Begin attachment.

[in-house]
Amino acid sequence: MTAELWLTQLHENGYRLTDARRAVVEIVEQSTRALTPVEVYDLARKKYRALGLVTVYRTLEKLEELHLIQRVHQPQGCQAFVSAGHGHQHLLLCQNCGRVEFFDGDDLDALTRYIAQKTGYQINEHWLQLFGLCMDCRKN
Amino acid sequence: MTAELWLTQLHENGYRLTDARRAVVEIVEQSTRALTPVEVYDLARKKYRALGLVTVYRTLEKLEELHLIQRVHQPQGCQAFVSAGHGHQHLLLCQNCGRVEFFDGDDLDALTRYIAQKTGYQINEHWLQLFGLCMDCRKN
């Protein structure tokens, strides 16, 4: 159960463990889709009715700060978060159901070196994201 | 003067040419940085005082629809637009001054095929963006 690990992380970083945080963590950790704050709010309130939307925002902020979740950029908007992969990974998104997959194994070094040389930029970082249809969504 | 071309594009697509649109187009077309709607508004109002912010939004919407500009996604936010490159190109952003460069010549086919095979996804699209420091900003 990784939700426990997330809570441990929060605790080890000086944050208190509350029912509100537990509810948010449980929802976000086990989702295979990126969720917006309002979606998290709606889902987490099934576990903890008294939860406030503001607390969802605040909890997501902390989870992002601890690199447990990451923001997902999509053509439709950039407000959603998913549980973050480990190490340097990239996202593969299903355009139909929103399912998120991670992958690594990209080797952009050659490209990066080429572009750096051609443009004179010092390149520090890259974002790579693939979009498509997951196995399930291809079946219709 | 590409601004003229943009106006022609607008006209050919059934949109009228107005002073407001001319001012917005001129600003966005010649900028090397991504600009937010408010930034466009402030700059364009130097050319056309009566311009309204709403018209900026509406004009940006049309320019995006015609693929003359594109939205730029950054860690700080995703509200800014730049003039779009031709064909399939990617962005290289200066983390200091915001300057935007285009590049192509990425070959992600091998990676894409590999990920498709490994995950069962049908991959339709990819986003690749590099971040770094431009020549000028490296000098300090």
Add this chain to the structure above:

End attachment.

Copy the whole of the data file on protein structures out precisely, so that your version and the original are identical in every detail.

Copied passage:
[in-house]
Amino acid sequence: MTAELWLTQLHENGYRLTDARRAVVEIVEQSTRALTPVEVYDLARKKYRALGLVTVYRTLEKLEELHLIQRVHQPQGCQAFVSAGHGHQHLLLCQNCGRVEFFDGDDLDALTRYIAQKTGYQINEHWLQLFGLCMDCRKN
Amino acid sequence: MTAELWLTQLHENGYRLTDARRAVVEIVEQSTRALTPVEVYDLARKKYRALGLVTVYRTLEKLEELHLIQRVHQPQGCQAFVSAGHGHQHLLLCQNCGRVEFFDGDDLDALTRYIAQKTGYQINEHWLQLFGLCMDCRKN
């Protein structure tokens, strides 16, 4: 159960463990889709009715700060978060159901070196994201 | 003067040419940085005082629809637009001054095929963006 690990992380970083945080963590950790704050709010309130939307925002902020979740950029908007992969990974998104997959194994070094040389930029970082249809969504 | 071309594009697509649109187009077309709607508004109002912010939004919407500009996604936010490159190109952003460069010549086919095979996804699209420091900003 990784939700426990997330809570441990929060605790080890000086944050208190509350029912509100537990509810948010449980929802976000086990989702295979990126969720917006309002979606998290709606889902987490099934576990903890008294939860406030503001607390969802605040909890997501902390989870992002601890690199447990990451923001997902999509053509439709950039407000959603998913549980973050480990190490340097990239996202593969299903355009139909929103399912998120991670992958690594990209080797952009050659490209990066080429572009750096051609443009004179010092390149520090890259974002790579693939979009498509997951196995399930291809079946219709 | 590409601004003229943009106006022609607008006209050919059934949109009228107005002073407001001319001012917005001129600003966005010649900028090397991504600009937010408010930034466009402030700059364009130097050319056309009566311009309204709403018209900026509406004009940006049309320019995006015609693929003359594109939205730029950054860690700080995703509200800014730049003039779009031709064909399939990617962005290289200066983390200091915001300057935007285009590049192509990425070959992600091998990676894409590999990920498709490994995950069962049908991959339709990819986003690749590099971040770094431009020549000028490296000098300090």
Add this chain to the structure above: